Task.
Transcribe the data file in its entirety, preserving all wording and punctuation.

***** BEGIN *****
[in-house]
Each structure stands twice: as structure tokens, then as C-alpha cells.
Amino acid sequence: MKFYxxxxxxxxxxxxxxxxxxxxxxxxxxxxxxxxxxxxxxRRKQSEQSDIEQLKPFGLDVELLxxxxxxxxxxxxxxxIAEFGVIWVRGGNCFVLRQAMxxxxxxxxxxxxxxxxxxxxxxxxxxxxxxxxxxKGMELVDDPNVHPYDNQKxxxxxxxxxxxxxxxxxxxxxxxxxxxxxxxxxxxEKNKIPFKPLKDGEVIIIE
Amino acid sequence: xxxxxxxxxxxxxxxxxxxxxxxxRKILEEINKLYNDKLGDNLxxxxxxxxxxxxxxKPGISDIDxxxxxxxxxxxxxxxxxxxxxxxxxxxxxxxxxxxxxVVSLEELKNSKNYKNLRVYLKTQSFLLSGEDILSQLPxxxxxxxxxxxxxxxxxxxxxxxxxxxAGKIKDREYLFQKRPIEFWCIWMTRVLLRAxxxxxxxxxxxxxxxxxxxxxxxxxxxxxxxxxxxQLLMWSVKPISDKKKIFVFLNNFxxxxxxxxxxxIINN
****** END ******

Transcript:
[in-house]
Each structure stands twice: as structure tokens, then as C-alpha cells.
Amino acid sequence: MKFYxxxxxxxxxxxxxxxxxxxxxxxxxxxxxxxxxxxxxxRRKQSEQSDIEQLKPFGLDVELLxxxxxxxxxxxxxxxIAEFGVIWVRGGNCFVLRQAMxxxxxxxxxxxxxxxxxxxxxxxxxxxxxxxxxxKGMELVDDPNVHPYDNQKxxxxxxxxxxxxxxxxxxxxxxxxxxxxxxxxxxxEKNKIPFKPLKDGEVIIIE
Amino acid sequence: xxxxxxxxxxxxxxxxxxxxxxxxRKILEEINKLYNDKLGDNLxxxxxxxxxxxxxxKPGISDIDxxxxxxxxxxxxxxxxxxxxxxxxxxxxxxxxxxxxxVVSLEELKNSKNYKNLRVYLKTQSFLLSGEDILSQLPxxxxxxxxxxxxxxxxxxxxxxxxxxxAGKIKDREYLFQKRPIEFWCIWMTRVLLRAxxxxxxxxxxxxxxxxxxxxxxxxxxxxxxxxxxxQLLMWSVKPISDKKKIFVFLNNFxxxxxxxxxxxIINN